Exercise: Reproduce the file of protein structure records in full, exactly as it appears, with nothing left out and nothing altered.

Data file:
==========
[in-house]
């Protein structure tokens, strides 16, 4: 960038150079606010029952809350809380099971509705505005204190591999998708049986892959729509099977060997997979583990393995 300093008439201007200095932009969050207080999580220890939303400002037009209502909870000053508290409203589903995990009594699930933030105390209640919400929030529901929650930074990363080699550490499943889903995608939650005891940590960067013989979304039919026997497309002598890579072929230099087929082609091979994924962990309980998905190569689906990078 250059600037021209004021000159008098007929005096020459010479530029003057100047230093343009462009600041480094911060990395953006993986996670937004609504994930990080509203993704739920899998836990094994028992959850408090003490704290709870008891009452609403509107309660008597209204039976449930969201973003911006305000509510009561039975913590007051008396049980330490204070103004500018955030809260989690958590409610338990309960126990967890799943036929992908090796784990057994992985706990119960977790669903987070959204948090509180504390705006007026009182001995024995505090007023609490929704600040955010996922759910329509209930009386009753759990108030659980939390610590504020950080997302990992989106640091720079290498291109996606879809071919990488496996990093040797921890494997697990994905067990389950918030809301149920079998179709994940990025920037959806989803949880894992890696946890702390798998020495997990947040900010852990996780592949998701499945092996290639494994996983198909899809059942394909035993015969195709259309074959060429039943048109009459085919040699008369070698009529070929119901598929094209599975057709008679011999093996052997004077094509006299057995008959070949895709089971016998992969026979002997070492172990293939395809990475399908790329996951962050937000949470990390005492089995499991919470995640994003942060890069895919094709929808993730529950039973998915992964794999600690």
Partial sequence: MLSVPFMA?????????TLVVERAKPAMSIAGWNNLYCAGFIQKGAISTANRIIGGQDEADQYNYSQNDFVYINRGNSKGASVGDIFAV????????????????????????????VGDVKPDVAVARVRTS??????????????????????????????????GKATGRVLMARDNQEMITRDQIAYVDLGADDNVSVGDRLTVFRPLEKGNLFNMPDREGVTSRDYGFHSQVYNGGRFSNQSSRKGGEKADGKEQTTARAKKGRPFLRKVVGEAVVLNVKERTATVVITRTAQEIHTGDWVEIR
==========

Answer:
[in-house]
């Protein structure tokens, strides 16, 4: 960038150079606010029952809350809380099971509705505005204190591999998708049986892959729509099977060997997979583990393995 300093008439201007200095932009969050207080999580220890939303400002037009209502909870000053508290409203589903995990009594699930933030105390209640919400929030529901929650930074990363080699550490499943889903995608939650005891940590960067013989979304039919026997497309002598890579072929230099087929082609091979994924962990309980998905190569689906990078 250059600037021209004021000159008098007929005096020459010479530029003057100047230093343009462009600041480094911060990395953006993986996670937004609504994930990080509203993704739920899998836990094994028992959850408090003490704290709870008891009452609403509107309660008597209204039976449930969201973003911006305000509510009561039975913590007051008396049980330490204070103004500018955030809260989690958590409610338990309960126990967890799943036929992908090796784990057994992985706990119960977790669903987070959204948090509180504390705006007026009182001995024995505090007023609490929704600040955010996922759910329509209930009386009753759990108030659980939390610590504020950080997302990992989106640091720079290498291109996606879809071919990488496996990093040797921890494997697990994905067990389950918030809301149920079998179709994940990025920037959806989803949880894992890696946890702390798998020495997990947040900010852990996780592949998701499945092996290639494994996983198909899809059942394909035993015969195709259309074959060429039943048109009459085919040699008369070698009529070929119901598929094209599975057709008679011999093996052997004077094509006299057995008959070949895709089971016998992969026979002997070492172990293939395809990475399908790329996951962050937000949470990390005492089995499991919470995640994003942060890069895919094709929808993730529950039973998915992964794999600690």
Partial sequence: MLSVPFMA?????????TLVVERAKPAMSIAGWNNLYCAGFIQKGAISTANRIIGGQDEADQYNYSQNDFVYINRGNSKGASVGDIFAV????????????????????????????VGDVKPDVAVARVRTS??????????????????????????????????GKATGRVLMARDNQEMITRDQIAYVDLGADDNVSVGDRLTVFRPLEKGNLFNMPDREGVTSRDYGFHSQVYNGGRFSNQSSRKGGEKADGKEQTTARAKKGRPFLRKVVGEAVVLNVKERTATVVITRTAQEIHTGDWVEIR